Very few people have ever heard of hospice care for  unborn babies. Children’s hospices such as Shooting Star hospice provide care for whole families when a baby or child’s life is expected to be short. Care is provided both in family homes and in residential centres, aiming to make a short life the very best it can be and helping the family to gather precious memories.

Perinatal hospice starts this care before the baby is born, following an antenatal diagnosis of very complex issues facing an unborn baby.

This beautiful short film shows how hospice care for unborn babies can be beautiful and life enriching

Together for Short Lives charity say “We want to help every child and family living with a life-limiting or life-threatening condition get the very best care and support they can so they can make the most of every moment together”. I am absolutely in agreement with that, so felt very honoured to be asked to become involved in the development of their national guidelines for perinatal palliative care. Perinatal means “around the time of birth” and so when an antenatal diagnosis is made it starts with hospice care for unborn babies.

Sometimes the knowledge of the life changing news will be found early in pregnancy. Conditions such as anencephaly are most frequently identified at the first trimester scan. Chromosomal or genetic issues may be suspected at that time and confirmed shortly afterwards. Other major life-limiting conditions may be identified at the mid pregnancy anomoly scan or even later. These include very complex cardiac abnormalities, skeletal dysplasia, brain abnormalities, absent kidneys and so on. In some cases it takes time for it to become clear how serious an issue is likely to be. In some cases it can be almost impossible to predict accurately how a baby will adjust to the birth process and life outside. A guiding principle for me is to prepare for the worst, but always hope for the best.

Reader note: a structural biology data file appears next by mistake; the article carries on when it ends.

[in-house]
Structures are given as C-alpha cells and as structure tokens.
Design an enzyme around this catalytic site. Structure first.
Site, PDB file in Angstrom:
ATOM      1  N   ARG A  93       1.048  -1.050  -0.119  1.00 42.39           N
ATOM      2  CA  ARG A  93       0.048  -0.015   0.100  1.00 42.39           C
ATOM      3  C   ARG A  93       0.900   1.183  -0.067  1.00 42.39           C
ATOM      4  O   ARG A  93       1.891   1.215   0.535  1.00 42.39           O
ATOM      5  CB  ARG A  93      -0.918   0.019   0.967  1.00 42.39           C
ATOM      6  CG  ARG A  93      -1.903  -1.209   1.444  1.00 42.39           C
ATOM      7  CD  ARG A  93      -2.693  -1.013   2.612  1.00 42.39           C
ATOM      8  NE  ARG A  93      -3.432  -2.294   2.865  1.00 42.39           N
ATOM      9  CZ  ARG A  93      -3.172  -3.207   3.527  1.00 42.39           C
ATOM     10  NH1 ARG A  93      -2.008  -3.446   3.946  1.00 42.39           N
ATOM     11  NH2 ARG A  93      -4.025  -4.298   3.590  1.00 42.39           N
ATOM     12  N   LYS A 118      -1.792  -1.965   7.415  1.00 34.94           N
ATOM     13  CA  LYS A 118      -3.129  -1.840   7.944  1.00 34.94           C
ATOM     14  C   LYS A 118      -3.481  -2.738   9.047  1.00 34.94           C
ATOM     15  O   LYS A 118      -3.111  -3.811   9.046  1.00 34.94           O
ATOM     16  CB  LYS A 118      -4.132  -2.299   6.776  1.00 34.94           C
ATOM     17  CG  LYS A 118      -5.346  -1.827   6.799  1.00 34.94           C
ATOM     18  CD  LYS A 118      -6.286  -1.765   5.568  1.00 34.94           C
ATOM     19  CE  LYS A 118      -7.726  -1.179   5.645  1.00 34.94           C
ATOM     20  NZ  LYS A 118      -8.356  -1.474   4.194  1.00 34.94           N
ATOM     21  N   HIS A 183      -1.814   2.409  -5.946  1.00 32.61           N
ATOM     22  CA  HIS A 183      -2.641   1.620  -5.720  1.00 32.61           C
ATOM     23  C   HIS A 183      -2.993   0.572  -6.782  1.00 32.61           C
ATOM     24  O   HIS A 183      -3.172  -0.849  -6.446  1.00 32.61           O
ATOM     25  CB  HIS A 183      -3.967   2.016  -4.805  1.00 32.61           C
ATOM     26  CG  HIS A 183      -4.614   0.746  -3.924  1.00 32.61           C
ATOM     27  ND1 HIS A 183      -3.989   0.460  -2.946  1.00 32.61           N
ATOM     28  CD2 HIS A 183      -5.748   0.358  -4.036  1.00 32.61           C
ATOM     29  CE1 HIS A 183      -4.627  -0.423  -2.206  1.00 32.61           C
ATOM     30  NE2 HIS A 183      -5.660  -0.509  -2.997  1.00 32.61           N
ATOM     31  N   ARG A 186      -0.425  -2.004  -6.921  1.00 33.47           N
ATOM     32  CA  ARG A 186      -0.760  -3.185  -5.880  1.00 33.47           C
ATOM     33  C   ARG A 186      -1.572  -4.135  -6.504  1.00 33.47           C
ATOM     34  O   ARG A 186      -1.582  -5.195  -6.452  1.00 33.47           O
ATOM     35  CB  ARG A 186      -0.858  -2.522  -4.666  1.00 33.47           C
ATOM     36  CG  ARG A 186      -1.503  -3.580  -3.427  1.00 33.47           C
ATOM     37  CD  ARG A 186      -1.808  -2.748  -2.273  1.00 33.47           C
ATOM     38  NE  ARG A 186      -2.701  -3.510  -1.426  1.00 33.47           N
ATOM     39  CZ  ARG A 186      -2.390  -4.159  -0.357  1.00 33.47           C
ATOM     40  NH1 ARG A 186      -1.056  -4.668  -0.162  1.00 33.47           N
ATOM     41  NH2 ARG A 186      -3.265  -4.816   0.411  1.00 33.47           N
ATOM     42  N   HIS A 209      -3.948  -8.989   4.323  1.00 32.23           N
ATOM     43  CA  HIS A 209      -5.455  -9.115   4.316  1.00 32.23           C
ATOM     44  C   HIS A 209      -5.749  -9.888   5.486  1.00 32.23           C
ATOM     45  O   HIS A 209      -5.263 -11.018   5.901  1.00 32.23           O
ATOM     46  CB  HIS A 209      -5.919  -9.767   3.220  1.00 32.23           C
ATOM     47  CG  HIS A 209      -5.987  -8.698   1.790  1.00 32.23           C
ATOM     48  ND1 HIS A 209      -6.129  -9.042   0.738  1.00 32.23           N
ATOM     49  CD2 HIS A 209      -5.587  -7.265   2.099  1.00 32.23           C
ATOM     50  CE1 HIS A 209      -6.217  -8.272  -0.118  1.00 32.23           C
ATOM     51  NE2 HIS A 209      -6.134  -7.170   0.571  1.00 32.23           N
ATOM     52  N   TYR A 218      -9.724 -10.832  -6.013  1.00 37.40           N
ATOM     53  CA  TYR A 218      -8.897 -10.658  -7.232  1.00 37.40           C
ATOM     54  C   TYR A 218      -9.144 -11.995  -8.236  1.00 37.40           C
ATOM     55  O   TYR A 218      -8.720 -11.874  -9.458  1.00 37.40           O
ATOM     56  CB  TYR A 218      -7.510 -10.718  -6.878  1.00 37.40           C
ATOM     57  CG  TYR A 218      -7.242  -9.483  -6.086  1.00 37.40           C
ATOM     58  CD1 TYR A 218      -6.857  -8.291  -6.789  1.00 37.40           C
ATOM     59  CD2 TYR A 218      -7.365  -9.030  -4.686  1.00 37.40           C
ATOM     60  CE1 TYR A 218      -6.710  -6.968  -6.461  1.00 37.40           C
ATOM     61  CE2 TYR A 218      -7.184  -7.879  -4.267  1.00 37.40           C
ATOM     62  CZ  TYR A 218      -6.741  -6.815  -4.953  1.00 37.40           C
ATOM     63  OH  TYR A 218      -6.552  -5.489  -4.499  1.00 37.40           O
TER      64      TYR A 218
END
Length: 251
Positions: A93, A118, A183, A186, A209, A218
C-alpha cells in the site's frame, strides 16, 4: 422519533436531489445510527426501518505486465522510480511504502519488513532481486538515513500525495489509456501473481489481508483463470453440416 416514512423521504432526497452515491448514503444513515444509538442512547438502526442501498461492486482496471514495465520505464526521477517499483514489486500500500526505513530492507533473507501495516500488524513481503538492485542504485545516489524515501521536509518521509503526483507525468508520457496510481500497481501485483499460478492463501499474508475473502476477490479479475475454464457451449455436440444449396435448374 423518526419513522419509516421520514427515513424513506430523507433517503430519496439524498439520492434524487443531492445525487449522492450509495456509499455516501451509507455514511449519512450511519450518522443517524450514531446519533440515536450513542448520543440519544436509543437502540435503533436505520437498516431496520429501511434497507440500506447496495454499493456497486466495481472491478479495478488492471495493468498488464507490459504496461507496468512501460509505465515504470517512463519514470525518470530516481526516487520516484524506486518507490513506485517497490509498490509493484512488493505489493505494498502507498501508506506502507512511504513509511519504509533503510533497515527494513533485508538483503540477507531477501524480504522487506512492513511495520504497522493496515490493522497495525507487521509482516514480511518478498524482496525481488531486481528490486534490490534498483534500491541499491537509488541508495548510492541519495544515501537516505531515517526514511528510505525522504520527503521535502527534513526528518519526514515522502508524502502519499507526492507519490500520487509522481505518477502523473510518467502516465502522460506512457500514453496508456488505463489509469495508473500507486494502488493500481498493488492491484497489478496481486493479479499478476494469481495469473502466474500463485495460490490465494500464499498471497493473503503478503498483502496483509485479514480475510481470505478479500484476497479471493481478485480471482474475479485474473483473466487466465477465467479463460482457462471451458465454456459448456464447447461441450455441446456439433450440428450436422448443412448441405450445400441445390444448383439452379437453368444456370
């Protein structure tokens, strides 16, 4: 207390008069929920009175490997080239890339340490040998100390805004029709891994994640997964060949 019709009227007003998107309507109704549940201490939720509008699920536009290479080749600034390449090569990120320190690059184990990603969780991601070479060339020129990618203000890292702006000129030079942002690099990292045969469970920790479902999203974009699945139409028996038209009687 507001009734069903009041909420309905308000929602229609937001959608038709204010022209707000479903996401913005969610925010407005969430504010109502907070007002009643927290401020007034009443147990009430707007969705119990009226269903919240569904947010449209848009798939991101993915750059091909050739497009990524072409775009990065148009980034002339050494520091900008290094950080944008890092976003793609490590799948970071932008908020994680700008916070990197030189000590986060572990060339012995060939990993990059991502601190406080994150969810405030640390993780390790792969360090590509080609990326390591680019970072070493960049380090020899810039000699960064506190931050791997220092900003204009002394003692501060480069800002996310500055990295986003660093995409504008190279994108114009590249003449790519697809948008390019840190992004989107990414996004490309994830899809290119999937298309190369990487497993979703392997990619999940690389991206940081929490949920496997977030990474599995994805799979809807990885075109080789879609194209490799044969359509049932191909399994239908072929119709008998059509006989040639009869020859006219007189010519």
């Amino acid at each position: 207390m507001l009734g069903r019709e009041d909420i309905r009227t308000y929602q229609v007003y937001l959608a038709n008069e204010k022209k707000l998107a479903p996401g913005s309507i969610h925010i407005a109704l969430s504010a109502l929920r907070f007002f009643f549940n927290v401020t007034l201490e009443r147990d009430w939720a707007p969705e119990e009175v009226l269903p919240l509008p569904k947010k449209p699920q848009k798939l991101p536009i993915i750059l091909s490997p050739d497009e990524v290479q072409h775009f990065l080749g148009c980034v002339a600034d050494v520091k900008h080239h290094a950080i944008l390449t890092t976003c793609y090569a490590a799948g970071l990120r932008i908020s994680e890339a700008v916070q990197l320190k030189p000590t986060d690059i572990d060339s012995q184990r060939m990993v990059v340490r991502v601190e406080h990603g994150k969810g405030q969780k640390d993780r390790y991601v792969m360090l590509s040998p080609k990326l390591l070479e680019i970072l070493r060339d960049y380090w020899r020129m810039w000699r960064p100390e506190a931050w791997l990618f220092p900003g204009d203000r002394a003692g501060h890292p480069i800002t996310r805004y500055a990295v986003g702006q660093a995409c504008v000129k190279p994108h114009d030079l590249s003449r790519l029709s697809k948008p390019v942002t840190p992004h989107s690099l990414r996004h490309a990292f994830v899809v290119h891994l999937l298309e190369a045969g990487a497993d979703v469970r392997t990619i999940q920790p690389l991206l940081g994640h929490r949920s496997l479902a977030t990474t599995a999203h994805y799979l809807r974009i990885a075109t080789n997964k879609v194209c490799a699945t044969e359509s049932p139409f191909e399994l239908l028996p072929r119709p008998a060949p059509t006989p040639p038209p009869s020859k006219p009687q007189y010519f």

That “best” may be a baby who defies the predictions or may be a baby who lives for a few hours after birth. The best may also be that the family had time to focus on and cherish their baby during pregnancy, building memories and being mindfully aware of the days they did spend together, even though the baby wasn’t able to be live born.

Continuing a pregnancy in the knowledge of complex and life threatening issues is a really challenging path. It is not what most people (healthcare workers included) expect parents to do. To my mind it is correct that the legal option of ending a pregnancy is made clear to parents, but if the parent says “no- that is not appropriate or acceptable for us” that is where the discussion should stop. It should then become a conversation about  what would be effective in supporting you. My role is to be there for you, sometimes guiding, sometimes supporting, ensuring that plans are made which reflect the uncertainty and your right as parents to make decisions for your child. I act as an advocate for you and your baby. Working in conjunction with the specialists in the local neonatal unit, the children’s hospice, faith leaders and so on, we can plan for pregnancy, birth and whatever comes next. We can have plans in place to manage any symptoms, to ensure that your baby does not suffer or feel distress. We can support your whole family.

I am running the London Landmarks half marathon on 29th March 2020 to raise funds for Shooting Star hospice, in memory of a very special little girl. If you would like to sponsor me please go here. If you want to know more about my work or know someone who might benefit from the involvement of a specialist midwife please feel free to call or email me at any time.